I must confess I have never before played a hidden object game, and it was with some interest that I approached this latest offering from Big Fish. The genre is a strange one, dividing gamers equally into adoring fans and rabid haters, so I was unsure exactly how I would react to my first experience. Now that I have played The Red Riding Hood Sisters I must say I am something of a convert and will be keen to try further similar games, if they meet the same high standards that are to be found here.
The tale being spun here is a grim one, with the player swiftly thrust into the role of a young detective exploring a dark fairy tale world, where hordes of vicious wolves have been unleashed by the evil Wolf Queen as part of her nefarious plan to conquer the world. It is your task to seek out the Red Riding Hood Sisters, a shadowy order of orphaned women who have sworn to protect the land from the Mist Wolves, and aid them in their age-old duty. The gripping story unfolds quickly, instantly drawing the player into a fully realised world that is populated by well-crafted characters and brims with beautifully designed environments. This combination of elements really captures the brooding menace of the classic fairy tales and marks the game out as something original. Walt Disney this isn’t.
The main focus of the gameplay is the traditional hidden object sections, which are reached as the player explores the game-world. Here you must locate a number of articles positioned at random within a static screen and when all have been discovered, they combine to form an item which allows the player to proceed and complete one of the game’s many puzzles. These sections can be highly challenging, truly testing the player’s skills of observation, but are rarely frustrating and instead create a great sense of satisfaction upon completion. If this was all there was to the game, then I would likely be less than impressed, but fortunately there are also a number of equally testing puzzles thrown regularly into the game, which provide variety and maintain interest. These range from simple matching exercises designed to test the memory, to more complex and inventive brainteasers which can be highly challenging to solve.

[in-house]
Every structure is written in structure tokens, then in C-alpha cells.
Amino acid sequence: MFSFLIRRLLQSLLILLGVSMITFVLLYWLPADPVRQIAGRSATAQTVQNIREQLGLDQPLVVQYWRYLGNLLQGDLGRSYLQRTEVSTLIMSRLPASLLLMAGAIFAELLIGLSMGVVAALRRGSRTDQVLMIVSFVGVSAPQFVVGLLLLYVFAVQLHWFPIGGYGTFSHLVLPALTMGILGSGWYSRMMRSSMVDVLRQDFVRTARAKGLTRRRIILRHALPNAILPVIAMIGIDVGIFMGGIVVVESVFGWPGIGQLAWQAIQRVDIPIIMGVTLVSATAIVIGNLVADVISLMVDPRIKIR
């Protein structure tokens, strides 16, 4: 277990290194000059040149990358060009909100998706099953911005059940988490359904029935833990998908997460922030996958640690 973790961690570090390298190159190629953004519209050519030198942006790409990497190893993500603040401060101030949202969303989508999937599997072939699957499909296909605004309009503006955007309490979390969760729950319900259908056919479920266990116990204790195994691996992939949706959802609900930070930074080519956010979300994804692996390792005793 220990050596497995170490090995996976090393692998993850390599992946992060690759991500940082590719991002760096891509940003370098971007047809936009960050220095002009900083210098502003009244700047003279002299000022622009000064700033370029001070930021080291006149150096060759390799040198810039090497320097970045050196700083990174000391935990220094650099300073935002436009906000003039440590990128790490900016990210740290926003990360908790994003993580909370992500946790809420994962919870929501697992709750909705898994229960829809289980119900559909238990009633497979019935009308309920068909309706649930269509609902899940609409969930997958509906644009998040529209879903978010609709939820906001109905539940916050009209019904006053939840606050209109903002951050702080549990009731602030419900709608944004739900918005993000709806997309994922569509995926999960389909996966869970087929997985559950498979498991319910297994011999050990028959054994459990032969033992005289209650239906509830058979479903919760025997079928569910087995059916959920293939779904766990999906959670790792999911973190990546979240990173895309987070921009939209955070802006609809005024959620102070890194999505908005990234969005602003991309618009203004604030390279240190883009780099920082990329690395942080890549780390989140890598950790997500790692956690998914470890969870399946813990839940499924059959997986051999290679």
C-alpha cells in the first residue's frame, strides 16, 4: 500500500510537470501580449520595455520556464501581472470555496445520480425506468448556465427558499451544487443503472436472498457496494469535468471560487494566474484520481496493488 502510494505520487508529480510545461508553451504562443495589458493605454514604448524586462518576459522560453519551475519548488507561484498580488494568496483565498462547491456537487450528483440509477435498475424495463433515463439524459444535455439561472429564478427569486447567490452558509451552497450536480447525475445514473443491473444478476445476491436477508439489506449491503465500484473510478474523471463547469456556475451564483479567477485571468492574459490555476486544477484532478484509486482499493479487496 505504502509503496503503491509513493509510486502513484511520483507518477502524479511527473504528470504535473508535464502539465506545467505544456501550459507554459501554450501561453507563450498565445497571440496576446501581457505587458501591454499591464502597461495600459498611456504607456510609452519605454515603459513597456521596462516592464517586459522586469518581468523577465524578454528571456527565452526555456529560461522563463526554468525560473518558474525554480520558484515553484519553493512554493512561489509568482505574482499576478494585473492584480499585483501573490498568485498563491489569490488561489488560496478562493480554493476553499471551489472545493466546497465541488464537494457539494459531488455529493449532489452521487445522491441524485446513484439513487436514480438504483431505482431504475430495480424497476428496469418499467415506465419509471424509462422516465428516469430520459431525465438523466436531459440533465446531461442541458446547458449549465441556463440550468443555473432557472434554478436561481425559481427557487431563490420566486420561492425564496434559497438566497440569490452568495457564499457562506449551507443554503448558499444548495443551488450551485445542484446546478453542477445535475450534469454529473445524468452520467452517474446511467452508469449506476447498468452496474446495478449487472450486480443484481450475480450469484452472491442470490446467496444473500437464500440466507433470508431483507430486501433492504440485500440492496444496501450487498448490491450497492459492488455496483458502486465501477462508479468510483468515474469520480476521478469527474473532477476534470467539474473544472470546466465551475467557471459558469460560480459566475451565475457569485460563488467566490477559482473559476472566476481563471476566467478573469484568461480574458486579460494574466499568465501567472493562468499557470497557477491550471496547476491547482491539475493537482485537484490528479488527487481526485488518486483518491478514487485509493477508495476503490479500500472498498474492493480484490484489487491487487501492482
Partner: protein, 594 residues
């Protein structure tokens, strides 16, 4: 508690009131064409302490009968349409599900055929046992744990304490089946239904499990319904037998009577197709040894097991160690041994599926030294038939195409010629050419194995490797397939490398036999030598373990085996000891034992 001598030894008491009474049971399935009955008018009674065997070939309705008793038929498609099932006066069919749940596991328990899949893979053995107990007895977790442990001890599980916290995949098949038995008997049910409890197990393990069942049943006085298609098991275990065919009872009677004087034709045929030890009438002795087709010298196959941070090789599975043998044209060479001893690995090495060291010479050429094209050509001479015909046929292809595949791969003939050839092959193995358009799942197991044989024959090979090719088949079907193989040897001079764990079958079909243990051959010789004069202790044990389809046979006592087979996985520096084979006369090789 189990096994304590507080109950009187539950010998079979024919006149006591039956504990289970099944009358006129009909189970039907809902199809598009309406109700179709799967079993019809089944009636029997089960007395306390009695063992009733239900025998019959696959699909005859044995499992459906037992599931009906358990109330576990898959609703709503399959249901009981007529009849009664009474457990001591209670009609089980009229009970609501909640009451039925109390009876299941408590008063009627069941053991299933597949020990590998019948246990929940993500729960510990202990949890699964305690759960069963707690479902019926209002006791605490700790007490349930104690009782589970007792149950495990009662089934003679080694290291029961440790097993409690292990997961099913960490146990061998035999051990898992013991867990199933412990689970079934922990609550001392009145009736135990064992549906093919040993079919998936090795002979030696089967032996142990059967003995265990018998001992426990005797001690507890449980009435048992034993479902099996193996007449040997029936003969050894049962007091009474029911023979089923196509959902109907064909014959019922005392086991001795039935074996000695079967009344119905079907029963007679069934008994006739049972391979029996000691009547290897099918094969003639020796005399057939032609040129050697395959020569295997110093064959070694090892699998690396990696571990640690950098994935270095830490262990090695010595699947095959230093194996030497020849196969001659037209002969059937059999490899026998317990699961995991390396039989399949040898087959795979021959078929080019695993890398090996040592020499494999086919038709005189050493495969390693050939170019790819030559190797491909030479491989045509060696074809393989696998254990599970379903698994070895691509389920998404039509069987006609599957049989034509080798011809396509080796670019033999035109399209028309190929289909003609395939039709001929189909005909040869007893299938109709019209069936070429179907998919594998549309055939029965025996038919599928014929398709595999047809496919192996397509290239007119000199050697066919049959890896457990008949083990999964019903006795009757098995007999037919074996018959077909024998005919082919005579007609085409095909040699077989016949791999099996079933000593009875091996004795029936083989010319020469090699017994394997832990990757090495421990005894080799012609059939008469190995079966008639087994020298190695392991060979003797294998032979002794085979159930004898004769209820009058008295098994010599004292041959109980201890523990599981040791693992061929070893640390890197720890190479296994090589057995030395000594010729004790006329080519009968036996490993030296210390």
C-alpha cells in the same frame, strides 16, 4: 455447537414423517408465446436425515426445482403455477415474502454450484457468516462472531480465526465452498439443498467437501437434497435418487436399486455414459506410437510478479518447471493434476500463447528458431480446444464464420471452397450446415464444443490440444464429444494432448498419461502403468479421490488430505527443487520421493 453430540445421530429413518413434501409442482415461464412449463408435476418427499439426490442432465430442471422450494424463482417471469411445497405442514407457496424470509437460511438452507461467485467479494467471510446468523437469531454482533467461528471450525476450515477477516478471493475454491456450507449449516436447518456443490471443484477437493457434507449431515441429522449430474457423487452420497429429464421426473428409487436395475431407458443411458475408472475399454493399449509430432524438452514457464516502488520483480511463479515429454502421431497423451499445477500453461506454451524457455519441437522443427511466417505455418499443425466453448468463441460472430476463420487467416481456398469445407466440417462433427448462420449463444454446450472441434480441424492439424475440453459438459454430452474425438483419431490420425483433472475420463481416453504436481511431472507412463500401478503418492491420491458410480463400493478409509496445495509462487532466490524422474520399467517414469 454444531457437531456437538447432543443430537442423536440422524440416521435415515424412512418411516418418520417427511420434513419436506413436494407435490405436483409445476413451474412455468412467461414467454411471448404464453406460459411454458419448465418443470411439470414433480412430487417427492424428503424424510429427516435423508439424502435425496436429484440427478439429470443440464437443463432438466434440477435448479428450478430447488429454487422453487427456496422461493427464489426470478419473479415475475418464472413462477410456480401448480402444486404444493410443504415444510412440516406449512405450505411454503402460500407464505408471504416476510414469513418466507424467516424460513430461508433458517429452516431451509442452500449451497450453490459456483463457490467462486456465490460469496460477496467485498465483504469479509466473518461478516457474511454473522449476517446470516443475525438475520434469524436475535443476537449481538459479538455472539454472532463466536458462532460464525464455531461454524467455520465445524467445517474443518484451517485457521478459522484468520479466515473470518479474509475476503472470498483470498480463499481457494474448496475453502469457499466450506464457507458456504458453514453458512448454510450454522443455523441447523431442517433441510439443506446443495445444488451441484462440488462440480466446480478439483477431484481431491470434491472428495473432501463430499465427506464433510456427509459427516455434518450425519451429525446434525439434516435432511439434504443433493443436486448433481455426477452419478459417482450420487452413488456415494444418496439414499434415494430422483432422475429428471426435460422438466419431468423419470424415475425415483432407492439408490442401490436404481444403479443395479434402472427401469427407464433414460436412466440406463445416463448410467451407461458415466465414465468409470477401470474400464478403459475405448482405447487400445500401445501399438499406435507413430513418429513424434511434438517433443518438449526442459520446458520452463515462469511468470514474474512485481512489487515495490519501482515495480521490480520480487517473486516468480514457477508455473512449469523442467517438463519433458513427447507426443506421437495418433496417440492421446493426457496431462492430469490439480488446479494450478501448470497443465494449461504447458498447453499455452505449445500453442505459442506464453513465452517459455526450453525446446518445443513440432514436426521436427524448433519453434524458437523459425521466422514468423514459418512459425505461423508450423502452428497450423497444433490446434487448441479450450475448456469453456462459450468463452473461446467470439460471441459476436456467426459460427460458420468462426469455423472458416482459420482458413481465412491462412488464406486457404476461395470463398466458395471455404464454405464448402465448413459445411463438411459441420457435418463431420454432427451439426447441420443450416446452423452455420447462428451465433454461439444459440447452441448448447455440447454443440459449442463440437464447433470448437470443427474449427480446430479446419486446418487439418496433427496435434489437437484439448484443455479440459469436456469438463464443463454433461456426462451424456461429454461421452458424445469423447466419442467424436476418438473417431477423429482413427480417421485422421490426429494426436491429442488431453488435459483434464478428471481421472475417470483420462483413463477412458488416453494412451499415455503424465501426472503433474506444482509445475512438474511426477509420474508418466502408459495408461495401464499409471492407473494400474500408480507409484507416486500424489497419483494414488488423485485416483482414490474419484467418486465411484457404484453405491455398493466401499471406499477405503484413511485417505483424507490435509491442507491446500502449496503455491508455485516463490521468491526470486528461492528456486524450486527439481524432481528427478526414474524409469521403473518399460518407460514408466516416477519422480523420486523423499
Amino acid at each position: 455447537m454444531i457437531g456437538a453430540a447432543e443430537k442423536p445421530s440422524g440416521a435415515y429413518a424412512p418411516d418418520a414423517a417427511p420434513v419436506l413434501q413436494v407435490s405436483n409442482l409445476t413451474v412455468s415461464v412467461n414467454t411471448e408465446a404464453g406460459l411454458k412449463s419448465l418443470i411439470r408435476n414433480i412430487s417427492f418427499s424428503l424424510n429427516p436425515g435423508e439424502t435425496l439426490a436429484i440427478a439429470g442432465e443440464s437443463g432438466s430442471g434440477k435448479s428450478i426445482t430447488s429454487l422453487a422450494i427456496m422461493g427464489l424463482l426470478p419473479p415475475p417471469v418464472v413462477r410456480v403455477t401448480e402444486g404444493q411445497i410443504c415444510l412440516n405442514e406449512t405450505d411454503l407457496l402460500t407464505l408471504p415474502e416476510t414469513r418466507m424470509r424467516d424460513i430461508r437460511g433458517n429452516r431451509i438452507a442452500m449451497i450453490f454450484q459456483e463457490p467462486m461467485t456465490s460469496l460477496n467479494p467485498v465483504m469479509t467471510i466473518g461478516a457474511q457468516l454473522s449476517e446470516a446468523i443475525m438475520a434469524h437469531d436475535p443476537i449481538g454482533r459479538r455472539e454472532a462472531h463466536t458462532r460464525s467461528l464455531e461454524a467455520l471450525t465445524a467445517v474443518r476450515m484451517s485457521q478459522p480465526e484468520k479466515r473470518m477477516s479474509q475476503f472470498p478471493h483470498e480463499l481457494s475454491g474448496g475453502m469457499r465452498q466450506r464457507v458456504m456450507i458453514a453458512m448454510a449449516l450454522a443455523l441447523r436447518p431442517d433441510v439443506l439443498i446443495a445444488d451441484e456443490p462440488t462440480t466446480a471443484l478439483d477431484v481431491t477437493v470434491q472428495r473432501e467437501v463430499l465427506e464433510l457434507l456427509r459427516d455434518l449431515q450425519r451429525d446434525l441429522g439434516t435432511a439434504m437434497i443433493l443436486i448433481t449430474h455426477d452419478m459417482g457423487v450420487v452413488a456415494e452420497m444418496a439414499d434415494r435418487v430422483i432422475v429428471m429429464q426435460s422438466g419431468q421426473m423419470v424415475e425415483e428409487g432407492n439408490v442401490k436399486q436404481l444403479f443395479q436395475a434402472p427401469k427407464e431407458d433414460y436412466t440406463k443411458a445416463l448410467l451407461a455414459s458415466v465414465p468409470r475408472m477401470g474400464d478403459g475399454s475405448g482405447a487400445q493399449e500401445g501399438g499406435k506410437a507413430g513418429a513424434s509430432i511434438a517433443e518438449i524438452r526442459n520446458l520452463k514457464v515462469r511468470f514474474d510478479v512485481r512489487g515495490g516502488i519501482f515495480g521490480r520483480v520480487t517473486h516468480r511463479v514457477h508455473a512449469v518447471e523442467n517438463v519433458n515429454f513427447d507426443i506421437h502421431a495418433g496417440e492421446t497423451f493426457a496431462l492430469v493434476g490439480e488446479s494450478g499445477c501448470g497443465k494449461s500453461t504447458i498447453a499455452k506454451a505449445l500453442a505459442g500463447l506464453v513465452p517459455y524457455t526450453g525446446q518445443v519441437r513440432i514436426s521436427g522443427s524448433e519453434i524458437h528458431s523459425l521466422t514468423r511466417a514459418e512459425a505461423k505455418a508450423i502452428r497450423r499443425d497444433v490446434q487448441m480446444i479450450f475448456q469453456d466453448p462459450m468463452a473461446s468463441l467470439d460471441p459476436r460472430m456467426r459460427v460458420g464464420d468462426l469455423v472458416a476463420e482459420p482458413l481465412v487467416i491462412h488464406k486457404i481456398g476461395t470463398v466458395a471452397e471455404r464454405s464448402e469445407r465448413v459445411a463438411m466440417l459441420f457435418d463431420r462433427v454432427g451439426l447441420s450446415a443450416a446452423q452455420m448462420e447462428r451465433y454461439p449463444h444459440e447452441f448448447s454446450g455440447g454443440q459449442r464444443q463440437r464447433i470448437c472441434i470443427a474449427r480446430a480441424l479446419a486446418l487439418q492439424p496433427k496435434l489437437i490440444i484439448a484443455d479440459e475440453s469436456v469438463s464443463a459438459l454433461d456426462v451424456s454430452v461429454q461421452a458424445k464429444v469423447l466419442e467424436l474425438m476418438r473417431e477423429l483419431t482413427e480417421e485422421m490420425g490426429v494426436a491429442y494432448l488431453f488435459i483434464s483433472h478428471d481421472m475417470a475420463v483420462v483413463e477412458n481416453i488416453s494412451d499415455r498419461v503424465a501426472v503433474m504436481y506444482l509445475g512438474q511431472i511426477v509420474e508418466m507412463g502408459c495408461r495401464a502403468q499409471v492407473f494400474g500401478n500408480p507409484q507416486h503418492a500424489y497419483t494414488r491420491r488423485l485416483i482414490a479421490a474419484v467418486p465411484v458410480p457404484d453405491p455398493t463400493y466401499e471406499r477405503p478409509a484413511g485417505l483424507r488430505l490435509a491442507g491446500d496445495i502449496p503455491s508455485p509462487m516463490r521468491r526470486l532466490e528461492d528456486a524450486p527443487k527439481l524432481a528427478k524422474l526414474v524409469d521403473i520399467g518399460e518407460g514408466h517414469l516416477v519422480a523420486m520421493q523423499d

There is also a genuine feeling of exploration, with a number of locations to discover and which do not simply follow on from each other in a linear fashion, adding further to the game’s appeal, and creating the feeling that the player is embarking on a genuine adventure. While this creates some necessary backtracking, it never feels tedious as movement between areas is swift and painless and thus the motivation to find the next puzzle and unravel the next plot twist is easily maintained. This is truly a testament to the skill and thought which has gone into the game’s design.
The graphics are striking, with original character designs and lush, detailed environments which create an appropriately unsettling mood. Cutscenes are nicely animated and directed with confidence to propel the story along at an exciting pace, and are supported by a strong script which is both original and imaginative and which is acted with some flair. Sound effects and music are generally quite limited but this minimalist approach actually adds to the atmosphere and creates a strong feeling of isolation in the player, matching the experience of the main character. The game’s interface is also simple and intuitive, with map screens, hints, tasks and items all laid out in a logical, easily accessible fashion.
For fans of hidden object games, Red Riding Hood Sisters is a must-play, and while it is unlikely to convert anyone who is not keen on the genre, newcomers who are curious to try something a little unusual should find much of interest here. The combination of high production values, enthralling story, great graphics and well designed puzzles creates a thoroughly rewarding adventure that entertains and challenges in equal measure.
Red Riding Hood Sisters: Dark Parable is available now on the App Store.
Final rating: 8.3